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Southside with You



Good “date movies” are really hard to come by nowadays. They all just end up being predictable rom-coms with overused story structures. The ‘walk and talk’ film that Richard Linklater brought about with his Before trilogy, hasn’t really been exploited, or even imitated until now with Southside with You.


Southside with You is the story of the first date between Michelle Robinson (Tika Sumpter) and Barack Obama (Parker Sawyers). It takes place in 1989 Chicago, and it follows the couple through their first get-together (although Michelle is very reluctant to call the outing a “date”) as they navigate around the city; they visit an art exhibit, take a walk through the park, attend a community congregation, have some drinks at a bar, and even catch a movie. It’s an incredibly sweet film, although sometimes it goes for candy answers rather than more rational and subtle responses.


It’s interesting that the first film incarnation of the first black American president is a date movie. It is maybe because of its small and simple premise, that our characters seem incredibly three dimensional and rich with layers. I have to commend the incredible actors Sumpter and Sawyers who shine by lending their characters a subtler aura that the script had somewhat ignored. It was also relieving to see the duo shy away from imitation, and focusing more on an emotional portrayal, it’s rare that biographical films today make that decision.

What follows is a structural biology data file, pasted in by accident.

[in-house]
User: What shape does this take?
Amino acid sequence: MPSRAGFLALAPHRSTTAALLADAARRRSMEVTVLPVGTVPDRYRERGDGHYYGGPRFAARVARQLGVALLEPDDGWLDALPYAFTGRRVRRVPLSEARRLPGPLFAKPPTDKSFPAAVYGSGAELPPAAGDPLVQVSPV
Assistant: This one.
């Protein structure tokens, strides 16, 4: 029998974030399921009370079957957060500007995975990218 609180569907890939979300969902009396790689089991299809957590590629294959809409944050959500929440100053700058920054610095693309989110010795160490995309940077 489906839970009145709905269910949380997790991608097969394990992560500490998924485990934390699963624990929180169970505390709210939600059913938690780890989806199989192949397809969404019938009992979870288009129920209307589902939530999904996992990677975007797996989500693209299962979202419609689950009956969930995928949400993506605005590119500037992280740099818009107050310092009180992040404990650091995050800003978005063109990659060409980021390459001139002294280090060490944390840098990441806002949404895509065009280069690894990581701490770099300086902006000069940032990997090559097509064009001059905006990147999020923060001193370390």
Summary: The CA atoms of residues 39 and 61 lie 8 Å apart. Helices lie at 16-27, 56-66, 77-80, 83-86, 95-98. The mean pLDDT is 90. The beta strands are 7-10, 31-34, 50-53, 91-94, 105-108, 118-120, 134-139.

But the main flaw in the film was the script. Most of the dialogue flows well between the characters (also helped by the cast’s chemistry), but I felt that some parts were a bit too over-expository, and, as mentioned before, the script sometimes chooses to go for the saccharine moment rather than have intuition help the audience. The story itself also flowed a bit awkwardly; the “walk and talk” structure was fine, it was the best thing going for the film, but I felt that the changes of setting didn’t flow whatsoever, each scene seemed to jut out spontaneously. This could well be more of an editing problem as much as a script one, but because of it the pacing seemed to be a bit all over the place.


However, the film is sweet and enjoyable, and certainly short enough that its few misgivings don’t really dig deep into the mold. It’s good to see that the romance genre hasn’t gone completely down the tacky path.

7.1/10

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About Young Critic

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I've been writing on different version of this website since February of 2013. I originally founded the website in a film-buff phase in high school, but it has since continued through college and into my adult life. Young Critic may be getting older, but the love and passion for film is forever young. 

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